Since I so very often get asked the Q of what I do for my skin – I’m finally getting around to writing up a full answer. Full disclosure: my parents have amazing genetics, but that hasn’t stopped me from becoming a self-professed skincare junkie. You live in your skin 24/7 – your entire life, so why wouldn’t you take care of it? Here’s the 411:

Step 1 - Remove your makeup. I’ve definitely been guilty of falling asleep in my makeup when I was younger, but nowadays that’s a definite NO. No matter how tired (or drunk) you are, take it off. Your skin will thank you.

Step 2 - Wash your face with an oil cleanser. I recommend Clean It Zero Purity by BANILA CO. If there’s anything you missed from Step 1, this will definitely get it off. 

Step 3 - Wash your face with a gentle cleanser. Why do you double cleanse? Because your face still isn’t clean. Have you ever thought you had removed all your makeup only to wake up with mascara smudges on our pillow? Do less laundry, have less breakouts – double cleanse. I recommend the Su:m 37 Rose Stick. Bonus: because it’s a solid until you add water, it’s perfect for travel. Note: double-cleansing is not for everyone. If you have rosacea, it might be too much. And on days that you wear minimal makeup or none at all, you can opt for a single wash.

Step 4 - Exfoliate. As you go about your life, there’s a dramatic buildup of dead skin, which – yuck. Get your face baby smooth with a good scrub. I recommend the Skinfood Sugar Mask. It’s affordable, you get a lot, and it works! After washing your face, apply this lovely scrub and work it into your skin until the beads have dissolved. Leave on for 3 minutes and then wash off.

Step 5 - Apply toner. This is a very important step. When you wash your face, you’ve opened all your pores and now you need to seal them with something good. My favorite one to use is Breath of Fresh Air from LUSH. Spray onto a cotton pad and apply to your face. 

Step 6 - Apply essence. But what is it exactly? It’s similar to your toner, but with more superpowers. It helps balances your pH and delivers active ingredients deep into your skin cells. I like to think of it as vitamins for your skin. I use MISSHA Revolution/Time First Treatment Essence

Step 7 - Facemask. This one is so fun because you have so many options! My go-to is Benton’s Snail Bee High Content Mask; but you can pick and choose which one works for you. They also have some with animal faces! I put mine on for 20 minutes and then afterwards, gently tap any remaining liquid into my skin.

Step 8 - Apply serum. I like Kiehl’s Midnight Recovery Concentrate for use before I sleep and their Daily Reviving Concentrate for the mornings.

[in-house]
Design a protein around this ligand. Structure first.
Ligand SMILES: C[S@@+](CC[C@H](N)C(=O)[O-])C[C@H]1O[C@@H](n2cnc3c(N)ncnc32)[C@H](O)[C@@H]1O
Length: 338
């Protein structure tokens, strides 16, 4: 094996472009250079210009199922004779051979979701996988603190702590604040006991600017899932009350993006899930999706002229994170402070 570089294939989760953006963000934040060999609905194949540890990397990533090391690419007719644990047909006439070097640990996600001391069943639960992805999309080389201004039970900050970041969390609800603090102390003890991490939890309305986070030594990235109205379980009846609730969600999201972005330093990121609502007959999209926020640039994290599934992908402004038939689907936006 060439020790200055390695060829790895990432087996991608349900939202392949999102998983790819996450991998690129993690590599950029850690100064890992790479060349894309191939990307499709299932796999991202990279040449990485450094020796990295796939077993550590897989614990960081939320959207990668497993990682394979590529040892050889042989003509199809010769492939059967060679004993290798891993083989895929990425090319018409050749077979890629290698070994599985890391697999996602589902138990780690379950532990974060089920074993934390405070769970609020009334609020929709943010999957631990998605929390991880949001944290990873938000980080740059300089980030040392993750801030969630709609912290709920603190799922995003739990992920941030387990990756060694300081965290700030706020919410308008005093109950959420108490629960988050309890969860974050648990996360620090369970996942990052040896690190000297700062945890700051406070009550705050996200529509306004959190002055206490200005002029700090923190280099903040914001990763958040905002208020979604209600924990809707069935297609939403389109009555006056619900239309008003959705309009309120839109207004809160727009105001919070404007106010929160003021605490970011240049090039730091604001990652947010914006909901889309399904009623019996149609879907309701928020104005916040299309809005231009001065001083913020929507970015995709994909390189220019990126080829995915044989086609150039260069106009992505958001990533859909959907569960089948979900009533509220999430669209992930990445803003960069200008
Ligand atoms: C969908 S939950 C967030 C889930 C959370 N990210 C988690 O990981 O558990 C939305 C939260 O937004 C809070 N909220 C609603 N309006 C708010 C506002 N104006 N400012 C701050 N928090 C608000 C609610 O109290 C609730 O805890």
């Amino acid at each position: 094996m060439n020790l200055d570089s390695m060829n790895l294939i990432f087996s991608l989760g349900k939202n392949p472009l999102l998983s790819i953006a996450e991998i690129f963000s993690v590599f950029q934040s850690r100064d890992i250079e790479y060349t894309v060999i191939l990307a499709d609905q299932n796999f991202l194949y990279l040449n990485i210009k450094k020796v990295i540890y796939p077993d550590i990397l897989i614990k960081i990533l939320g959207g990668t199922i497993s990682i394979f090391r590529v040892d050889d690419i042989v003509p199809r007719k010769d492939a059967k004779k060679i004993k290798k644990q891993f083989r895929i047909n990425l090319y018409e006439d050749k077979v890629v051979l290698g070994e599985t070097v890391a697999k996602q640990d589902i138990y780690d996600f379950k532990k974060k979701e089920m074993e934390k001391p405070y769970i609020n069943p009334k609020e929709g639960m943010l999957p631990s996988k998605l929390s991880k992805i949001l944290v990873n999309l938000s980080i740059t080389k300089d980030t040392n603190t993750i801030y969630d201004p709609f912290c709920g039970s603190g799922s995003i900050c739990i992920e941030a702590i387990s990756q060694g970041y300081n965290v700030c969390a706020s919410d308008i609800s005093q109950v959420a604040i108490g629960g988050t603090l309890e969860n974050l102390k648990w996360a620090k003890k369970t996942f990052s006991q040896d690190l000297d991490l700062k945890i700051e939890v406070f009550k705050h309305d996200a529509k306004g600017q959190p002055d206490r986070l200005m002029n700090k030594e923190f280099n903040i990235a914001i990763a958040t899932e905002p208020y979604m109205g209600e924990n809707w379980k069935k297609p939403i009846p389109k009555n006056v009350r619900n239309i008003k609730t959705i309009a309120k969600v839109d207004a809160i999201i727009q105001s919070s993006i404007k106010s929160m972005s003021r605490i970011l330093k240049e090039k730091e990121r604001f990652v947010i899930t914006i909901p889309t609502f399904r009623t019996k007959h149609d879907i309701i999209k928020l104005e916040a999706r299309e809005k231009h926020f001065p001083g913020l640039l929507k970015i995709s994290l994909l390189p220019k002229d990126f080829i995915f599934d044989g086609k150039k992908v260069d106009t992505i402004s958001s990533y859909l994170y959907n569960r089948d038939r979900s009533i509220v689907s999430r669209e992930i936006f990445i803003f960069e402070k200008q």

Step 9 - Apply eye cream. This is the time to really target your concerns. I like Kiehl’s Midnight Recovery Eye for myself, but you may be interested in addressing other issues. This is the step to do it!

Step 10 - Moisturize. Cetaphil’s Oil-Control Moisturizer has never done my combination skin wrong. Bonus: it has built-in SPF protection!

You can also get almost all of these in one place at SokoGlam. Enjoy!


This is my 8th tattoo and it’s the most important one. It is the only tattoo I have in color and will remain the only one.

This is the heritage flag of Vietnam and the only flag that all Vietnamese expats will recognize. The three red bands symbolize the unity between North, Central, and South Vietnam – that we are of one blood, one nation. If you have no concept of my personal history, here it is: my parents and I fled our homeland in the aftermath of a civil war. My father is exiled; he can never return. My mother misses it, she will never say it aloud. My heart beats for my birthright, I rarely talk about it. It hurts too much. 

But the fact of the matter is, our home doesn’t exist anymore. If you were to visit Vietnam right now, the mountains are still standing – the rivers are still flowing. It is history that has changed. It’s been rewritten. The libraries have erased all evidence of a South Vietnam. It’s the red Soviet flag that flies. 

What must it feel like to return to a place that looks like home, but isn’t? Do I trek to my ancestral home and stand at the graves of my forefathers and be glad that they never lived to see the fall of Saigon? 

I carry my parents’ history, our country’s history. I carry it in the heart that beats within me. I carry it in the blood that runs through me. And now I carry it on the skin that covers me. I can never look in the mirror and deny where I came from, but I can tell you that so many do. They equate assimilation with survival. They have never been back. They can’t speak the language. America is the only home they have ever known. 

But I have loved another before. I can never go home, but I can never forget.

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